From this location, I’m too low in the sky to have a hope of reaching the floating cube, but gliding in its direction will take me to the entrance of the labyrinth on the ground level, provided I manage to survive the dive at the end. As I’m approaching the landing area, a shooting star falling from the sky just barely misses me. When I land, I turn around and it’s not more than 20 feet from me! This is the closest I’ve ever been to a falling star. In the sky, it seemed like it missed me by mere feet. I run over to collect it. Then I turn my attention back to the entrance of the labyrinth. Just outside the entrance, I find a traveler must have been here already, for there is a camp site and a journal notebook for me to read.

It tells me that the person who explored the labyrinth was a Hylian who was trying to explore after Tauros, who began the investigation here, left to check out runes at another site (probably Kakariko?). The anonymous author of the notes went on to explore the labyrinth, leaving a trail of pine cones, and stacks of firewood, and occasionally a new campsite with a new notebook with some more clues.

I try to follow his trail, and for the most part it’s not too difficult, although there are spots where Gloom makes it difficult. There are numerous ice blocks in this labyrinth, which is in the cold upper corner of northeast Hebron, and when I melt some of them, they reveal Zonai arms and shields of exceptional power.

But I’m trying to find the center of the labyrinth, which contains a locked chamber. There are barred windows showing a shrine in the center, and that’s my ultimate goal. But exploring every inch of the labyrinth seems worthwhile if it’s going to turn up these high powered weapons and shields. The best I find is a shield with a defense rating of 50, and another with a defense rating of 25. I also find some powerful Zonai swords, although they are only about half as powerful as the shields. I also find a few forage plants and mushrooms, and pick those when I find them.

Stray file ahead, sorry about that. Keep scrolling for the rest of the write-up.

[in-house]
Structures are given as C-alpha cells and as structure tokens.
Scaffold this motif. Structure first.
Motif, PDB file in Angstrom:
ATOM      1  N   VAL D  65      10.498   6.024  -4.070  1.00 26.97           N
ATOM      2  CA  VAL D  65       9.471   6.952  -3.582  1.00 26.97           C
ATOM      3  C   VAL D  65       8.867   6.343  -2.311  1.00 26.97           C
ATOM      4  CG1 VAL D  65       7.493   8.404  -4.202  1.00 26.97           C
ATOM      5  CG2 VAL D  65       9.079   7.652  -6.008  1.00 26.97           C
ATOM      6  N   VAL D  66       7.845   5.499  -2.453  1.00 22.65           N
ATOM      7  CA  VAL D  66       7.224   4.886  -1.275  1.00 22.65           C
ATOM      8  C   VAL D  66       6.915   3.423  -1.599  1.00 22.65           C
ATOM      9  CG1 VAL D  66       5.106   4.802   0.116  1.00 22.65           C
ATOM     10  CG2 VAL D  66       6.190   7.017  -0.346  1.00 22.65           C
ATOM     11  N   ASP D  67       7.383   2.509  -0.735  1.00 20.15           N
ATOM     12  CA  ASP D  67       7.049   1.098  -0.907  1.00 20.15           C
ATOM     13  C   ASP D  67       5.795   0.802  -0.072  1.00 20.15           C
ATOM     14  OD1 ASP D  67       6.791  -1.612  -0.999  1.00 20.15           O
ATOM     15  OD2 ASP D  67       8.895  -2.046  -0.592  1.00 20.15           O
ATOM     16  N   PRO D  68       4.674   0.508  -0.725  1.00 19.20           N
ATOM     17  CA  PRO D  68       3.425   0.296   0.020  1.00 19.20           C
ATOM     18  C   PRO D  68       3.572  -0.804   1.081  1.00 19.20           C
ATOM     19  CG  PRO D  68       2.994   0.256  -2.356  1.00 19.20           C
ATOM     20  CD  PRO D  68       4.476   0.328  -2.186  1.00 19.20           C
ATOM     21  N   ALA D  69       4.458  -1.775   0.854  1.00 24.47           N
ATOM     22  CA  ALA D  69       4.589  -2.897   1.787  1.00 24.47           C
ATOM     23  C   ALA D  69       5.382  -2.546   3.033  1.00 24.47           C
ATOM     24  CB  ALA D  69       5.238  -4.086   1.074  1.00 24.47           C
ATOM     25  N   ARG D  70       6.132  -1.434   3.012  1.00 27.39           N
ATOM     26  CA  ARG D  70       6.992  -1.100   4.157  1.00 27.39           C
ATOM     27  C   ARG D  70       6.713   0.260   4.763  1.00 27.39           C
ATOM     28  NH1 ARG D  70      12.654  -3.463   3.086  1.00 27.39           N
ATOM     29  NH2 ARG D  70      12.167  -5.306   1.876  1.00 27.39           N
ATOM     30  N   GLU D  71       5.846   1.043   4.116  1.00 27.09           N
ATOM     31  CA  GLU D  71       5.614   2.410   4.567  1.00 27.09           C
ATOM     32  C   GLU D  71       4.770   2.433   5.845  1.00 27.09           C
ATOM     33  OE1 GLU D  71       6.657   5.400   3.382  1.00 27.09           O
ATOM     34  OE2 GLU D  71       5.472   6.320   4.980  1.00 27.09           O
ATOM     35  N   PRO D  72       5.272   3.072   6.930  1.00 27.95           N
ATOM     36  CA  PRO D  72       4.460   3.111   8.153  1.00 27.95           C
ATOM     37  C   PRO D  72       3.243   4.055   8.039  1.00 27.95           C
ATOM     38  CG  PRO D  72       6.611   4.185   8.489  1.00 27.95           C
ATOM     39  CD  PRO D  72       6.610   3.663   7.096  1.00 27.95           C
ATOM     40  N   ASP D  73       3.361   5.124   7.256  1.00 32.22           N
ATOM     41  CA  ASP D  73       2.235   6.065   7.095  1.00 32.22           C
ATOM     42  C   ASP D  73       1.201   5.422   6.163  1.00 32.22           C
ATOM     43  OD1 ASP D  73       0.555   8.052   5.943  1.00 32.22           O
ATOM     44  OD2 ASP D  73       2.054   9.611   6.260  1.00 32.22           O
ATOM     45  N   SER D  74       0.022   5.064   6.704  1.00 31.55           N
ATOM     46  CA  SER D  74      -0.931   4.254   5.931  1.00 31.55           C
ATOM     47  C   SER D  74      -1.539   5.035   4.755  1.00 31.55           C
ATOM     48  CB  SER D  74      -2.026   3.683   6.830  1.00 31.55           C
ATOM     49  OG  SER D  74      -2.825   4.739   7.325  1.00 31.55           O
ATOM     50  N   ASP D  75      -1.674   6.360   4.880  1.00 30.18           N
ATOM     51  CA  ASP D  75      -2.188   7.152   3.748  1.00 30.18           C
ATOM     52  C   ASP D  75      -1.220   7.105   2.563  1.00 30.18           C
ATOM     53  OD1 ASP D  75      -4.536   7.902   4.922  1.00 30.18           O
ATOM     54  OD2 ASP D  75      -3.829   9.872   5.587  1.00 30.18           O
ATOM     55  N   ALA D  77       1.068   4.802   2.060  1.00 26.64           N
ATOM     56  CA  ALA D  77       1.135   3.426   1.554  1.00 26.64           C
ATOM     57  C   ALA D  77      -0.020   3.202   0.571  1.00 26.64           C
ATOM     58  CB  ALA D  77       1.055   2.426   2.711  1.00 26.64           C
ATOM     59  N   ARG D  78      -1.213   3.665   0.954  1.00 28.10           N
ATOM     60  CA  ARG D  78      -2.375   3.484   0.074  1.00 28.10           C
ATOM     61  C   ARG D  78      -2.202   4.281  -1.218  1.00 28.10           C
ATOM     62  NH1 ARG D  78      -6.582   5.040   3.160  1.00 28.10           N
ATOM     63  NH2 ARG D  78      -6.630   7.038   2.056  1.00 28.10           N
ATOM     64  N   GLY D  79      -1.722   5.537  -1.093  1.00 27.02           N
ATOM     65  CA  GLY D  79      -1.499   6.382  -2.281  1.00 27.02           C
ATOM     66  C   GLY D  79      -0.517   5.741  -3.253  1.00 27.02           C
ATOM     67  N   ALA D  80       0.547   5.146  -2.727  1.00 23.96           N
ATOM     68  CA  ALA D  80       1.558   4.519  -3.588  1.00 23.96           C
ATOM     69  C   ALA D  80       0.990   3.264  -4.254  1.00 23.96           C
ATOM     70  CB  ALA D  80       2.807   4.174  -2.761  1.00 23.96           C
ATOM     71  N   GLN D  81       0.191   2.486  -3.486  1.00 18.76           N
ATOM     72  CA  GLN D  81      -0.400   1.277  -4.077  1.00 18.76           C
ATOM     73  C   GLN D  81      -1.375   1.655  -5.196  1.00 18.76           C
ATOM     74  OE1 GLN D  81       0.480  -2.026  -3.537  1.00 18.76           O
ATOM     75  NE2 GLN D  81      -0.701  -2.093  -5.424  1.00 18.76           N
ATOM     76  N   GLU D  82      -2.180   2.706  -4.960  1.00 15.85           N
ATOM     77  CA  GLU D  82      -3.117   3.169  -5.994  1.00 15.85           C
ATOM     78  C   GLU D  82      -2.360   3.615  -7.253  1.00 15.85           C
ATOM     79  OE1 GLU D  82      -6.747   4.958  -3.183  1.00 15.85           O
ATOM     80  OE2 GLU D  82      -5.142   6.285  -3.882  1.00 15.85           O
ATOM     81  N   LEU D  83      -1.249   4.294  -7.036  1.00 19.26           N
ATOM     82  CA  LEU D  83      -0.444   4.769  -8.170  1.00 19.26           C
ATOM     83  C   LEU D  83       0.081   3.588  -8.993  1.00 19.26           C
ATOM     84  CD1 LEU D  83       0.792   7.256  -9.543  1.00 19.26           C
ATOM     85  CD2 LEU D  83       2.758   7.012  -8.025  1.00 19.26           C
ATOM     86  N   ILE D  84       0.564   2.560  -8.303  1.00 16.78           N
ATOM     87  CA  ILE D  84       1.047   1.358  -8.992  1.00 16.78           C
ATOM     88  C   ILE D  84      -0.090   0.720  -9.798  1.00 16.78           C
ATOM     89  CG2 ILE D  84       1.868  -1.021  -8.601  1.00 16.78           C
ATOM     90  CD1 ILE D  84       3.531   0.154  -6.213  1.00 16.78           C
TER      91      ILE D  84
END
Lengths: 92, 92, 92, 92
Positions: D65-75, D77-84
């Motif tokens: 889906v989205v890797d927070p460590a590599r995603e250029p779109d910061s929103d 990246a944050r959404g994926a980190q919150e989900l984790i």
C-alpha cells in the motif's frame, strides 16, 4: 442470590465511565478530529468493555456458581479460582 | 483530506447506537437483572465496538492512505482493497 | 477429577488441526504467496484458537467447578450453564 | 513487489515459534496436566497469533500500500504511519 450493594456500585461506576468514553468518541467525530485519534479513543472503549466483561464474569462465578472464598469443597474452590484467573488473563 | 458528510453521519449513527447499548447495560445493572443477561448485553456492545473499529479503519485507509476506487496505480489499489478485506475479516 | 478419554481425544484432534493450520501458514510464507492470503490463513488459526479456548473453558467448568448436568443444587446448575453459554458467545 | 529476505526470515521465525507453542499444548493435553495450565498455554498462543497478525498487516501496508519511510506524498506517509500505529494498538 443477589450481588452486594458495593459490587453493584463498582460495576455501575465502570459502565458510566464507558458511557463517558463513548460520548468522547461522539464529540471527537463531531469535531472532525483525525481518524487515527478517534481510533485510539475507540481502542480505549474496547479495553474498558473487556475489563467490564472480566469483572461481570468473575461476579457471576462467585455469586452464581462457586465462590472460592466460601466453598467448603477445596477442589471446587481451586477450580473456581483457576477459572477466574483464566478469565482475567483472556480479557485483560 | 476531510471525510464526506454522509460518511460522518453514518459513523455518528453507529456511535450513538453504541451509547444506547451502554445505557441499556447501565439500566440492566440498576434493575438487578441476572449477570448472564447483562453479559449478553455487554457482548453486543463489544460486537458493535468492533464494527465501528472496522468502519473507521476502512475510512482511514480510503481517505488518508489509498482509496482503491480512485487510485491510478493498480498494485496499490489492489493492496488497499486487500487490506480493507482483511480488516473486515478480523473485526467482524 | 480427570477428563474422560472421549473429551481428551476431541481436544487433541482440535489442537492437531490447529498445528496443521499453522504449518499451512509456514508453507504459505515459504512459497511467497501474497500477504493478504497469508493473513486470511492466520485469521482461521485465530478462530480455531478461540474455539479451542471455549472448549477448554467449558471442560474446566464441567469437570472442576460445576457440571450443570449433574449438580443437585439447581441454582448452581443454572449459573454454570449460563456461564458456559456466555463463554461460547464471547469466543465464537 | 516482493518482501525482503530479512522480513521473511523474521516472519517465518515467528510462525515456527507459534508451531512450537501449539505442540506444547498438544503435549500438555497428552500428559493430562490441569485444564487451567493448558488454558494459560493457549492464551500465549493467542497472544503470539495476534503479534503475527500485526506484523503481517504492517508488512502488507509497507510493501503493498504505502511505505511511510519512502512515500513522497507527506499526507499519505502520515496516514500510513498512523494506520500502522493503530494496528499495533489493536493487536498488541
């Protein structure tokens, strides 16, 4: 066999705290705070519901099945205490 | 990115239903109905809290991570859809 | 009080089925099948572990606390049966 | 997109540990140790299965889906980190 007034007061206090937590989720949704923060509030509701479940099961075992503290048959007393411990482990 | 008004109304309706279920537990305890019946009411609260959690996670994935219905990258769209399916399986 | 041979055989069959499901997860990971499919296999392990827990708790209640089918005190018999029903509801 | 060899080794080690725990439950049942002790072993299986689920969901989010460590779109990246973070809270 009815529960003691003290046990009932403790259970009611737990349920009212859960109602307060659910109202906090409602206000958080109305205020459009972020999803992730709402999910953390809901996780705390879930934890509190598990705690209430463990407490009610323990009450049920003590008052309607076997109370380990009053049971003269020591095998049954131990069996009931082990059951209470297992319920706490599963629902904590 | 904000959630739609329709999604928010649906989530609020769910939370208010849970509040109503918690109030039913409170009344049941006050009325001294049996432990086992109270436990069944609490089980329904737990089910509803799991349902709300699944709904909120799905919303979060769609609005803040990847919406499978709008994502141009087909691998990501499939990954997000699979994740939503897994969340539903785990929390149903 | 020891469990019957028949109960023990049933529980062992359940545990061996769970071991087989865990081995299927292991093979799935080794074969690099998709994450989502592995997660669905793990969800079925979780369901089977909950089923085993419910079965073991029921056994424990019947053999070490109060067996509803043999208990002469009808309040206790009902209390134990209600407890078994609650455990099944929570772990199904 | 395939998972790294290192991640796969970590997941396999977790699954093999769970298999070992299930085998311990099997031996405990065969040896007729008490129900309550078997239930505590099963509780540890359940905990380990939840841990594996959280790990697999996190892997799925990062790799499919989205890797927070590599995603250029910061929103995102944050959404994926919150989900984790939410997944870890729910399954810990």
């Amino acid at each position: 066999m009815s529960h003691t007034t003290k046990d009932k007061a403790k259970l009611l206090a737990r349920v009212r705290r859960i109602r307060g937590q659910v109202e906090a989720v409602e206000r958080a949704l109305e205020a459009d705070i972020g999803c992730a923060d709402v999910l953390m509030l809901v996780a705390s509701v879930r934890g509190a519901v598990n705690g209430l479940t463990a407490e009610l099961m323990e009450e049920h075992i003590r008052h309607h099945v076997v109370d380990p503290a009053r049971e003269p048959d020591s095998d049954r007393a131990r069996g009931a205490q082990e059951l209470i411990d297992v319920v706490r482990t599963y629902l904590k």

Eventually I get tired of trying to find my way through the maze, so I activate Ascend and use it to get up on top of the maze walls, which enables me to “cheat” a bit, and quickly get to parts of the maze that I would have to wander a long time to reach if I was on the ground level.

But due to the 3D verticality of the maze, I can’t simply jump over the walls and get to the center. There’s a barred floor when I try, and so I have to find the right way.

There’s a korok shooting gallery challenge at one corner of the labyrinth, on the top of the wall, but I have but three arrows and not enough to spare to attempt the challenge. I mark the location to return later when I have more ammo, and continue trying to find my way into the shrine chamber.

At one point, I am on the top of the wall, when I look down in a spot I haven’t yet been to from below, and I spot a Gloom enemy, the horrible thing with many arms, which I’ve encountered before only once.

I’m afraid of this thing, especially in the tight confines of a maze where I will really struggle to outrun it, and mostly blunder into walls that will cause my camera to screw up my view, as the rendering engine stops drawing the wall I’m close to, and shifts the camera angle around to show the world through Link’s eyes, without drawing Link so that I can’t see where exactly he is, and then the monster will grab me and kill me with no problem. And probably I’ll start climbing a wall that I don’t mean to climb too. I hate fighting in close quarters in this game, and I think that’s a design flaw more than it is that I suck or that I’m not powered up enough.

I feel like I need to take out this gloom creature if I’m going to solve the maze, and who knows if I can, but I decide to try to soften it up as much as I can by dropping Bomb Flowers from above. I have only about 16 of them left, and I can’t throw them, and I can’t waste arrows on them either. From this height if I throw them they’ll hit the far wall of the maze corridor too high up to do any damage to the hands, so I have to drop them.

This proves surprisingly effective, though, and when I drop a bomb I do damage to most or all of the hands, taking its health meter down an appreciable amount. I seem to wake the thing up, and I’m afraid it will climb the wall and attack me directly, but it doesn’t seem capable of looking up or climbing. All it does is slide around on the floor, moving through the maze, apparently trying to find me, but unable to do so.

This gives me quite an advantage, and I use it to maximum effect, dropping about 10 bombs altogether, which finally destroys the creature.